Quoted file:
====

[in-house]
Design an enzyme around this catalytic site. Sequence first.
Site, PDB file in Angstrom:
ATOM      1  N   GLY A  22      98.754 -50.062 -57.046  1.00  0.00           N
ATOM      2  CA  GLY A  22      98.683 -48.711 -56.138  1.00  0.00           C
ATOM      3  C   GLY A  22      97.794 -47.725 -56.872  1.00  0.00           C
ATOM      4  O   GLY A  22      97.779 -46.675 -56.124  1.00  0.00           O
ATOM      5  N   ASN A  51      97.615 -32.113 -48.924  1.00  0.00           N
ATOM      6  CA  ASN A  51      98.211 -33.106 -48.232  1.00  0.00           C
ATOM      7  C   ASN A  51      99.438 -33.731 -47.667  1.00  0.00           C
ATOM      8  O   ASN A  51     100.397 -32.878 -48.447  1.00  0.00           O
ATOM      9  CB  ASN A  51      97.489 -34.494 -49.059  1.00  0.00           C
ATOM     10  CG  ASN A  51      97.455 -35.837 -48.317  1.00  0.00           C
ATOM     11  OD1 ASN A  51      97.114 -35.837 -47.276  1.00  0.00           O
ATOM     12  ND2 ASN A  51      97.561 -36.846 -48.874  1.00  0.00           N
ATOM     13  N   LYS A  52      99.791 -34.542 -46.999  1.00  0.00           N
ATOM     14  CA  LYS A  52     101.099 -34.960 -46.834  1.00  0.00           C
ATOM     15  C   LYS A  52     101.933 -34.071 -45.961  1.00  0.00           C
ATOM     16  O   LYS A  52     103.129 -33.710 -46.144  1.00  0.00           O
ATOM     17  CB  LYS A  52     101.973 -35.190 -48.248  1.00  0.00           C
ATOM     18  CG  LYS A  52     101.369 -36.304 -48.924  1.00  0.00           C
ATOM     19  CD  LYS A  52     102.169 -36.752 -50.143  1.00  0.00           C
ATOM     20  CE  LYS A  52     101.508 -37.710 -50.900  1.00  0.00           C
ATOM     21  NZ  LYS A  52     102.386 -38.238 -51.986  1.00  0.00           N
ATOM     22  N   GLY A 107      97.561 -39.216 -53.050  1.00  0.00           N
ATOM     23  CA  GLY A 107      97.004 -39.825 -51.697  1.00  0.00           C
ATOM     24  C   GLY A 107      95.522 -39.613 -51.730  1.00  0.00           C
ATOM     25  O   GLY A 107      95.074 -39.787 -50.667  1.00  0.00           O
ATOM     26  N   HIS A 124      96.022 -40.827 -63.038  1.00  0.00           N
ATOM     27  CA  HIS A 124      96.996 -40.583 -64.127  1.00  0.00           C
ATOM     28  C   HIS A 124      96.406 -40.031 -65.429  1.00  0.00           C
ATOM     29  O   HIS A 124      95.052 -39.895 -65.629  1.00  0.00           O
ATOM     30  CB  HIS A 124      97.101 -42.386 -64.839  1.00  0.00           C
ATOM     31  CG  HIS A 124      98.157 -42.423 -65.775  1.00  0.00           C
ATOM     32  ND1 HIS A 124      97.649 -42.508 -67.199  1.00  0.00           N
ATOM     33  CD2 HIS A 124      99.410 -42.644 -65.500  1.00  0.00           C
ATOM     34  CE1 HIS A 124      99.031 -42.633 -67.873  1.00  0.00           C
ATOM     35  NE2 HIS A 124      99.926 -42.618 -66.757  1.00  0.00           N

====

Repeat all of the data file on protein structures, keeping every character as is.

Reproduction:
[in-house]
Design an enzyme around this catalytic site. Sequence first.
Site, PDB file in Angstrom:
ATOM      1  N   GLY A  22      98.754 -50.062 -57.046  1.00  0.00           N
ATOM      2  CA  GLY A  22      98.683 -48.711 -56.138  1.00  0.00           C
ATOM      3  C   GLY A  22      97.794 -47.725 -56.872  1.00  0.00           C
ATOM      4  O   GLY A  22      97.779 -46.675 -56.124  1.00  0.00           O
ATOM      5  N   ASN A  51      97.615 -32.113 -48.924  1.00  0.00           N
ATOM      6  CA  ASN A  51      98.211 -33.106 -48.232  1.00  0.00           C
ATOM      7  C   ASN A  51      99.438 -33.731 -47.667  1.00  0.00           C
ATOM      8  O   ASN A  51     100.397 -32.878 -48.447  1.00  0.00           O
ATOM      9  CB  ASN A  51      97.489 -34.494 -49.059  1.00  0.00           C
ATOM     10  CG  ASN A  51      97.455 -35.837 -48.317  1.00  0.00           C
ATOM     11  OD1 ASN A  51      97.114 -35.837 -47.276  1.00  0.00           O
ATOM     12  ND2 ASN A  51      97.561 -36.846 -48.874  1.00  0.00           N
ATOM     13  N   LYS A  52      99.791 -34.542 -46.999  1.00  0.00           N
ATOM     14  CA  LYS A  52     101.099 -34.960 -46.834  1.00  0.00           C
ATOM     15  C   LYS A  52     101.933 -34.071 -45.961  1.00  0.00           C
ATOM     16  O   LYS A  52     103.129 -33.710 -46.144  1.00  0.00           O
ATOM     17  CB  LYS A  52     101.973 -35.190 -48.248  1.00  0.00           C
ATOM     18  CG  LYS A  52     101.369 -36.304 -48.924  1.00  0.00           C
ATOM     19  CD  LYS A  52     102.169 -36.752 -50.143  1.00  0.00           C
ATOM     20  CE  LYS A  52     101.508 -37.710 -50.900  1.00  0.00           C
ATOM     21  NZ  LYS A  52     102.386 -38.238 -51.986  1.00  0.00           N
ATOM     22  N   GLY A 107      97.561 -39.216 -53.050  1.00  0.00           N
ATOM     23  CA  GLY A 107      97.004 -39.825 -51.697  1.00  0.00           C
ATOM     24  C   GLY A 107      95.522 -39.613 -51.730  1.00  0.00           C
ATOM     25  O   GLY A 107      95.074 -39.787 -50.667  1.00  0.00           O
ATOM     26  N   HIS A 124      96.022 -40.827 -63.038  1.00  0.00           N
ATOM     27  CA  HIS A 124      96.996 -40.583 -64.127  1.00  0.00           C
ATOM     28  C   HIS A 124      96.406 -40.031 -65.429  1.00  0.00           C
ATOM     29  O   HIS A 124      95.052 -39.895 -65.629  1.00  0.00           O
ATOM     30  CB  HIS A 124      97.101 -42.386 -64.839  1.00  0.00           C
ATOM     31  CG  HIS A 124      98.157 -42.423 -65.775  1.00  0.00           C
ATOM     32  ND1 HIS A 124      97.649 -42.508 -67.199  1.00  0.00           N
ATOM     33  CD2 HIS A 124      99.410 -42.644 -65.500  1.00  0.00           C
ATOM     34  CE1 HIS A 124      99.031 -42.633 -67.873  1.00  0.00           C
ATOM     35  NE2 HIS A 124      99.926 -42.618 -66.757  1.00  0.00           N